Russell Stutler: My observations on the Waterbrush (wrote in October 2011):
There is a new type of waterbrush on the market now by Blue Heron Arts that uses a piston filling mechanism. It comes in both a long model for painting at home and a portable pocket version (in the photo below) which has me excited because it is so portable and looks good in the pocket as well.
The bristles look and feel the same as soft traditional brushes, so you can use many of the same techniques you could do with a regular brush which are not so easy with stiff white bristles on the squeeze type waterbrushes mentioned above.
The piston also gives you better control over the water flow, even to the point of stopping the flow completely for dry techniques, and you can turn it with one hand alone by grasping the end knob with your little and ring finger and rotating the barrel with your thumb and index finger. You can also post the cap and turn it, which will then turn the knob, but I prefer to use it with no cap posted because it seems better balanced and easier to handle that way.
One draw back is that the piston takes up so much room, this pocket version will run out of water before you can finish an average size sketch. But it is perfect for trading card size sketches (ATC and ACEO) as well as postcard size sketches. Of course, you can also take a few waterbrushes with you to make sure you don't run out of water.
Although you can turn the piston with one hand, use two hands to uncap the water brush barrel don't try it with one hand because it can snap the pen in two. I know because I did it!
These waterbrushes come in two tip sizes, the larger one (model number A20) is a good general size for small sketches, and the other one (model number A10) has an even smaller point, similar to a brush pen, and I suspect it was intended detail work or even filling with ink to use as a brush pen. I ordered one of each, used them for a week, and then ordered a few more of the model with the larger tip (model number A20A20) since they are inexpensive and it's good to have a few in my bag.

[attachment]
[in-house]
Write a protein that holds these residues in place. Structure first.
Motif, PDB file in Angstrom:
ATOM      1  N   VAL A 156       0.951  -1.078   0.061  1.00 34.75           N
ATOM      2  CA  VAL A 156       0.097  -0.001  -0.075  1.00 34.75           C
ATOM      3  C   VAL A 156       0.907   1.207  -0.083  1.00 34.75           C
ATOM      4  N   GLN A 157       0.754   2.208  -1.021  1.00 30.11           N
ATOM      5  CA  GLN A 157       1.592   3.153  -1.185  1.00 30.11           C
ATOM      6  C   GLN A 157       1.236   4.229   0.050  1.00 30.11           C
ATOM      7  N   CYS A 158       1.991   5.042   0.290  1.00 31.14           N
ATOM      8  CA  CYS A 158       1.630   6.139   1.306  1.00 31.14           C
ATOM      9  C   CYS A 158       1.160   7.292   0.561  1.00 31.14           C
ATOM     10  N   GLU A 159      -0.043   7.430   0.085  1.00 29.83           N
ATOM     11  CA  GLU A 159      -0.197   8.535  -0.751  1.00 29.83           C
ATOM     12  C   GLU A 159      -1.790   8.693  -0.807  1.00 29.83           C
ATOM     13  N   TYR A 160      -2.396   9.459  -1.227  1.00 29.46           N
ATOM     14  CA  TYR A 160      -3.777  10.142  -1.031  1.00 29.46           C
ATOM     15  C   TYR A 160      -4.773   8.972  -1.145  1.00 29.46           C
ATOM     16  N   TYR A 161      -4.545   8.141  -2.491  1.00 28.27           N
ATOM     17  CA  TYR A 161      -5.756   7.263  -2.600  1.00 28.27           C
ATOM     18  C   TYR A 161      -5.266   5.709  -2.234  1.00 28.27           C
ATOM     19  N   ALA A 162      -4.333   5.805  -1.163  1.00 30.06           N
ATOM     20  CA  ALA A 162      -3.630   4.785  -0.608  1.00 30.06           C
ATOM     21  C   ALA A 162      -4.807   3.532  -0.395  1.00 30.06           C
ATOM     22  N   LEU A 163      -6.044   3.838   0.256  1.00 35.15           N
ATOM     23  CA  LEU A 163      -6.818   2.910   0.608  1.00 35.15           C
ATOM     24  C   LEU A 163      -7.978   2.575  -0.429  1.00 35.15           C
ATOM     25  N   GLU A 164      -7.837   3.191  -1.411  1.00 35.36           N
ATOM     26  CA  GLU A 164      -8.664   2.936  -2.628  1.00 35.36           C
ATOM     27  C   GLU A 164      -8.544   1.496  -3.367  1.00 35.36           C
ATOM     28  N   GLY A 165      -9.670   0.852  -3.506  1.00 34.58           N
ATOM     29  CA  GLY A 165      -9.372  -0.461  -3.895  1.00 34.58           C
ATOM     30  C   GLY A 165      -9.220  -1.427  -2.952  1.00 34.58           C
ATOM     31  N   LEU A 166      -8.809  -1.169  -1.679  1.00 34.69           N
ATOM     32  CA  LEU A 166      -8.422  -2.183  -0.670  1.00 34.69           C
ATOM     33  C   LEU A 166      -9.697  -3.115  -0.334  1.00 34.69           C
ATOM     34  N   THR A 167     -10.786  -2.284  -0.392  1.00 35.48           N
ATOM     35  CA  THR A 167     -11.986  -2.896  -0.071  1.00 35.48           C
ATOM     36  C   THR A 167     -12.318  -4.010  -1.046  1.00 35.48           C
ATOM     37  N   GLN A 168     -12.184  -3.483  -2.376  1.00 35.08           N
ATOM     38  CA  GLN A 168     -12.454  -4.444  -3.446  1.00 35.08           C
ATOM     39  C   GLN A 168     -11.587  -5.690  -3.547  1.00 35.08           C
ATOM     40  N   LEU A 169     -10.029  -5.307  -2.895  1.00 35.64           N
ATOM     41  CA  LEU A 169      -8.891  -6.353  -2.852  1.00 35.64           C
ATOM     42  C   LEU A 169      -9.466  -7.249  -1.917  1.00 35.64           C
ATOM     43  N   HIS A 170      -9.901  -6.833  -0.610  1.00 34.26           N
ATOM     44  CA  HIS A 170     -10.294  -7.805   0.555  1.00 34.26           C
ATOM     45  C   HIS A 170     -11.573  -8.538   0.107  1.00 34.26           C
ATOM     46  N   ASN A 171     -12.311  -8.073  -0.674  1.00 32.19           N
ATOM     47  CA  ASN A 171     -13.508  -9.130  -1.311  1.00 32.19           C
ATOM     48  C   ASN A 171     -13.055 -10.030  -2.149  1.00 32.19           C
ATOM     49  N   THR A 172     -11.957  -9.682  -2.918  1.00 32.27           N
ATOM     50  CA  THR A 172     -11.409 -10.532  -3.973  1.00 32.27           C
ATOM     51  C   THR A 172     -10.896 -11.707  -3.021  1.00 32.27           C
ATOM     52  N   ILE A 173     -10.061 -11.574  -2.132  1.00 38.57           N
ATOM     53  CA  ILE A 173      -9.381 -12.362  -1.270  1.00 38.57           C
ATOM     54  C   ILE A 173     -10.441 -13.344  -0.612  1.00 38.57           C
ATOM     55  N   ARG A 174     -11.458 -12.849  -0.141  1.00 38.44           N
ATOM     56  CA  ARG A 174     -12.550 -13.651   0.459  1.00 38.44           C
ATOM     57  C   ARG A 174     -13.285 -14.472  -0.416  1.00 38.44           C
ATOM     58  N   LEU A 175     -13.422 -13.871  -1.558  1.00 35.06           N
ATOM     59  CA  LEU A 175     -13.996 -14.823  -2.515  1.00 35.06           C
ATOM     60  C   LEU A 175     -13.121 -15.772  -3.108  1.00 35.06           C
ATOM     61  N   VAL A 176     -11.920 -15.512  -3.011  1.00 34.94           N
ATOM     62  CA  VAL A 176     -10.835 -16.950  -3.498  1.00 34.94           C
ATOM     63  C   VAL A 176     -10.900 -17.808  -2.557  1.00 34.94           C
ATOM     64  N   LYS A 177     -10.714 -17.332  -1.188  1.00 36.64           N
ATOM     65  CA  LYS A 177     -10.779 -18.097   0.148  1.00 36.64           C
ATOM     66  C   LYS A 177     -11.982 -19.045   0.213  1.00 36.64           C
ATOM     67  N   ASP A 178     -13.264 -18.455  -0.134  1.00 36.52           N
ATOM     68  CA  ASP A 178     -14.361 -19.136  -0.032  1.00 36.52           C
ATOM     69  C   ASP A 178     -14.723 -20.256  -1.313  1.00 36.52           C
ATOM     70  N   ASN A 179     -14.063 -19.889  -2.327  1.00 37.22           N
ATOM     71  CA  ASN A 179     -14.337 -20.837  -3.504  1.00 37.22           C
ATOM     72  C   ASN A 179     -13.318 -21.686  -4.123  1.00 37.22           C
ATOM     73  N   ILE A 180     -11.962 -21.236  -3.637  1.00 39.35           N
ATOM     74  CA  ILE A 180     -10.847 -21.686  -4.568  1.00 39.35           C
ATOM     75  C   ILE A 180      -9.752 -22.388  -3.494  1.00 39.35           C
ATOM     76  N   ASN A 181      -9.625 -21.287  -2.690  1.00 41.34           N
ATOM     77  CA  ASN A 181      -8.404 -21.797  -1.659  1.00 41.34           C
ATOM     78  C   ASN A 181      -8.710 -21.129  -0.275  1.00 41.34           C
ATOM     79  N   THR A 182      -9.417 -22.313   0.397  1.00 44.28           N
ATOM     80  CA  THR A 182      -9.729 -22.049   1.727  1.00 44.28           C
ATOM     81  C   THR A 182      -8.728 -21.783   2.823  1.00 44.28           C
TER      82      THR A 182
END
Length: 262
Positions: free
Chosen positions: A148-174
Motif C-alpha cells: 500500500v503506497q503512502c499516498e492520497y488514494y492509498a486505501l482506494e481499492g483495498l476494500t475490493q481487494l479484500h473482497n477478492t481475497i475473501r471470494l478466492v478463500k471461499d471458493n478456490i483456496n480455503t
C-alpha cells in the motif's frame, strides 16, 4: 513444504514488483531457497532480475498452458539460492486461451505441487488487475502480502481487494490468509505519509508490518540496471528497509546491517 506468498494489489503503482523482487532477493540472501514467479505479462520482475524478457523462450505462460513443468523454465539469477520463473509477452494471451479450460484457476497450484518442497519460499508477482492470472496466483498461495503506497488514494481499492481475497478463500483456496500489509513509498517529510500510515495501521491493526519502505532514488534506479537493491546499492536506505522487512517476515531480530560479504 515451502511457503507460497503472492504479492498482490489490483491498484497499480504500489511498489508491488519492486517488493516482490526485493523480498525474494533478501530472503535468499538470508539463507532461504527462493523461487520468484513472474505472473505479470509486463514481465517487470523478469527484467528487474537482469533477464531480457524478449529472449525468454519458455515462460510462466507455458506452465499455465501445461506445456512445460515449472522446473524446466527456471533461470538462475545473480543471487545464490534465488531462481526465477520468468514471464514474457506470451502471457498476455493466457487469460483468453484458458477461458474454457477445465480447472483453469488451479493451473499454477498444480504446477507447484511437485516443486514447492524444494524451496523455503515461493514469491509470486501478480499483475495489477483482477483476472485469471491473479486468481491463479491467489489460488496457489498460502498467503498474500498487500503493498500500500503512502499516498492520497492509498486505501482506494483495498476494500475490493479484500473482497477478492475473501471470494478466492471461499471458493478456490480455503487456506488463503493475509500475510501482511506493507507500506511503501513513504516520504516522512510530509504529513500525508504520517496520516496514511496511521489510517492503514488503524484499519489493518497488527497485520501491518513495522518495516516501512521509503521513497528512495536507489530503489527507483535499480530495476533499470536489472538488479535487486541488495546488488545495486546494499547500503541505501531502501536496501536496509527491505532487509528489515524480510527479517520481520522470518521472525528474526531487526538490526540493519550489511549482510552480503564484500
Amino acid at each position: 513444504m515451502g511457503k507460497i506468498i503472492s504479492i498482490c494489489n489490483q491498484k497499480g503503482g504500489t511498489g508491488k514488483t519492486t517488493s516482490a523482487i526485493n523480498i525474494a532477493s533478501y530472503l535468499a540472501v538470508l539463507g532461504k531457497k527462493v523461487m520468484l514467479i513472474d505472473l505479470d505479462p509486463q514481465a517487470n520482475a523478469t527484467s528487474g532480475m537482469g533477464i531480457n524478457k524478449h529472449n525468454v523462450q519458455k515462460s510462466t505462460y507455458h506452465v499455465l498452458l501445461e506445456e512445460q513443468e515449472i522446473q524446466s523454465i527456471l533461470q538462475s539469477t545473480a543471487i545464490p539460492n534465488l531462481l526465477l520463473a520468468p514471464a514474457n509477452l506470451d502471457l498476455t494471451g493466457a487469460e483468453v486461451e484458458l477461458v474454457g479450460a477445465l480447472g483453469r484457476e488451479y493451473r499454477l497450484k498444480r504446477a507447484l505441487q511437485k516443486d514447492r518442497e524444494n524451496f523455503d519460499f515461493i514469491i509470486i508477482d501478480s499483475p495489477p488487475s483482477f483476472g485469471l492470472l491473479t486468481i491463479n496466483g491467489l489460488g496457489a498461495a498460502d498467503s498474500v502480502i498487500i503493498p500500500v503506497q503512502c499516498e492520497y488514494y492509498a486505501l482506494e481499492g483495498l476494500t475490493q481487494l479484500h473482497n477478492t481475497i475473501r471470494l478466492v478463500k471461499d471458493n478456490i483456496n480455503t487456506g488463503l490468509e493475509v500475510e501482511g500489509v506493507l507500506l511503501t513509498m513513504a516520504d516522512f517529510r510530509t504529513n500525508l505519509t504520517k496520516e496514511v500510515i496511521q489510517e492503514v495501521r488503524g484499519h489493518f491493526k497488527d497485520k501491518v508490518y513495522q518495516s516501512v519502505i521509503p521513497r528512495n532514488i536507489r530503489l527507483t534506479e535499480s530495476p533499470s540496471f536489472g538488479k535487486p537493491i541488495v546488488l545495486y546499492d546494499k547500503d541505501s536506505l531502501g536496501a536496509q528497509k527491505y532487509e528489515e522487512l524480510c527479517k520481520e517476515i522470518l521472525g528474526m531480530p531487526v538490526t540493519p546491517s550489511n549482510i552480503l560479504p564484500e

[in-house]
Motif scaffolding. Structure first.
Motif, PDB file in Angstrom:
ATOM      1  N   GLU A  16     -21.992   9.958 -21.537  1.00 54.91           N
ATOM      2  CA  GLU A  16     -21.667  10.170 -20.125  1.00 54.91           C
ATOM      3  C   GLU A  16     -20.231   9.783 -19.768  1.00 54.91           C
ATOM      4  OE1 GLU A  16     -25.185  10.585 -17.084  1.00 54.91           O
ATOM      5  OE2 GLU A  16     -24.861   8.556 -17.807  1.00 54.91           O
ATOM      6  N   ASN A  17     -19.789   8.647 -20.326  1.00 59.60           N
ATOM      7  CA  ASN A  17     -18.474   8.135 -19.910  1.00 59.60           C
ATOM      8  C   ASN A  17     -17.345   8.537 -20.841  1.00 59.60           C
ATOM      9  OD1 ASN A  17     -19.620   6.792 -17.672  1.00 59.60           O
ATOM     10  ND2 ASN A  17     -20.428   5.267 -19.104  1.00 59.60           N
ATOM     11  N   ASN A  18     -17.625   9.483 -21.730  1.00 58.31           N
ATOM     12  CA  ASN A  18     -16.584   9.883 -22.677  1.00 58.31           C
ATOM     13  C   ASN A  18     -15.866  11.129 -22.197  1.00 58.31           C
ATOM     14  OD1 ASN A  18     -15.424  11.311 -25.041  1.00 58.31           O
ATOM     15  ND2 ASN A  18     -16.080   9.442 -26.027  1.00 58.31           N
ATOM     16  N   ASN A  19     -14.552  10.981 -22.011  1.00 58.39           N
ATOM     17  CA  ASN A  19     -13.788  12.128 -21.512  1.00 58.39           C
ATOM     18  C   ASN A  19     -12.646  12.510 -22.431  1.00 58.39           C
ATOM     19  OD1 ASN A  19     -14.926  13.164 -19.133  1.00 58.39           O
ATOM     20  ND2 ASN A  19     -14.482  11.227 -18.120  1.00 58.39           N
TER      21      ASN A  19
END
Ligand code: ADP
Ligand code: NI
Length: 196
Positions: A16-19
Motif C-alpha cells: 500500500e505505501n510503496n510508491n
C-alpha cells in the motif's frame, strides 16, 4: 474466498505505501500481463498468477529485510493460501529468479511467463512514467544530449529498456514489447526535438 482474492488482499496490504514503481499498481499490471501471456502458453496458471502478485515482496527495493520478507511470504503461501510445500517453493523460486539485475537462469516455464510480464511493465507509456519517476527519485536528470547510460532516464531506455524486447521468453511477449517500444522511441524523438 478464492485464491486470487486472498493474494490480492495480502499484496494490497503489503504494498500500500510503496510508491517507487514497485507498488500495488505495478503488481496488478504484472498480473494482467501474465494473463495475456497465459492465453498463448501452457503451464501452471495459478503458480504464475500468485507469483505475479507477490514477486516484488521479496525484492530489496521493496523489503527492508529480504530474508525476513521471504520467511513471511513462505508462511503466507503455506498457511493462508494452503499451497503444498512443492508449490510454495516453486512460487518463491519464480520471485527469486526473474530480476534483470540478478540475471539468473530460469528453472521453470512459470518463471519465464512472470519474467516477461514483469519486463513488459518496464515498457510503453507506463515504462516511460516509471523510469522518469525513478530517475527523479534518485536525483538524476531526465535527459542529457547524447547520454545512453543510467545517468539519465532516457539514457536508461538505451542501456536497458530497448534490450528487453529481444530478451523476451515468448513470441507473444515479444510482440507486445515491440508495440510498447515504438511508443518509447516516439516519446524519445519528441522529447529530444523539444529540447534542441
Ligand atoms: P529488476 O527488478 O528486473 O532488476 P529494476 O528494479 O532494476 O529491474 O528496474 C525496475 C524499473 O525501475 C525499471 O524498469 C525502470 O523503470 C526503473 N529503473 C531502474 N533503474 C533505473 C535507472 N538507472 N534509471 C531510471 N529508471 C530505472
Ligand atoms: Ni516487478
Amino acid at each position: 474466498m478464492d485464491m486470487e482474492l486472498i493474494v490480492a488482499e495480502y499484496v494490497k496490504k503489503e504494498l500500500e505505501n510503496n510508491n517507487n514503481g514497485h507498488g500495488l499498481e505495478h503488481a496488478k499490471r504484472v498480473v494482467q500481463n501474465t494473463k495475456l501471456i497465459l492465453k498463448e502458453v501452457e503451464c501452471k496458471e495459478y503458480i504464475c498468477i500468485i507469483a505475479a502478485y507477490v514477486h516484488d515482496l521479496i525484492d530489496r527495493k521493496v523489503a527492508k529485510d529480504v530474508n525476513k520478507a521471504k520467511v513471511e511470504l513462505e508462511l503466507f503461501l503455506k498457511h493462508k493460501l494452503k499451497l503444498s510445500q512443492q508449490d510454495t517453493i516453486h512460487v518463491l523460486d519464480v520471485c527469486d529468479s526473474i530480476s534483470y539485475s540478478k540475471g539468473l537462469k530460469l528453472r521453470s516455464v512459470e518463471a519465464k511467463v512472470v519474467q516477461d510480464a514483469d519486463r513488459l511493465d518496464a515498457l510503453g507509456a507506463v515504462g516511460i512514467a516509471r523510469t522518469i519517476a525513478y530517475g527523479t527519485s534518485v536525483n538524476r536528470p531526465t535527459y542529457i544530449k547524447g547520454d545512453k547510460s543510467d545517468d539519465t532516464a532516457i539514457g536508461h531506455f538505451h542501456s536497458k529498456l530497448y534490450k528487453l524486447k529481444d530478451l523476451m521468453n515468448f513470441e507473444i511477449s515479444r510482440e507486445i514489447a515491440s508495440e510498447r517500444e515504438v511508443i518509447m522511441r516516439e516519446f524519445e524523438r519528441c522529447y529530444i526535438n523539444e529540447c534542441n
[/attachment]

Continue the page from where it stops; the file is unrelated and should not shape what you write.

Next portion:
[I took this photo after I had used the brushes daily for a few weeks.]
The one problem I have encountered with these is the fact that water can come out the sides of the black plastic section that holds the bristles. There is a some kind of air vent on the larger of the two, and two vents on the smaller one. They don't seem necessary, and caused water to come out the sides when I wanted it to come out the tip. After I plugged them up, the flow was much more predictable, and these brushes do exactly what I want, and work like a dream. I used J-B weld since it was handy -- it's dark gray and barely visible in the photo (every handyman should have a few tubes of J-B Weld sitting in a drawer somewhere).
The maker says to fill these by pointing the pen downward and submerging the tip in a glass of water, but I'm lazy, so I just hold them upright under a faucet with running water and turn the piston knob to fill up the barrel. That works well for both piston and squeeze type waterbrushes.
Feel free to make it 5 stars, since I love these water brushes. They keep a fine line, and are more versatile than the squeeze type since I can regulate the water flow better. I ordered a few more today through Amazon where I have gift certificate points.
by Russell Stutler
Date Added: Monday 01 February, 2016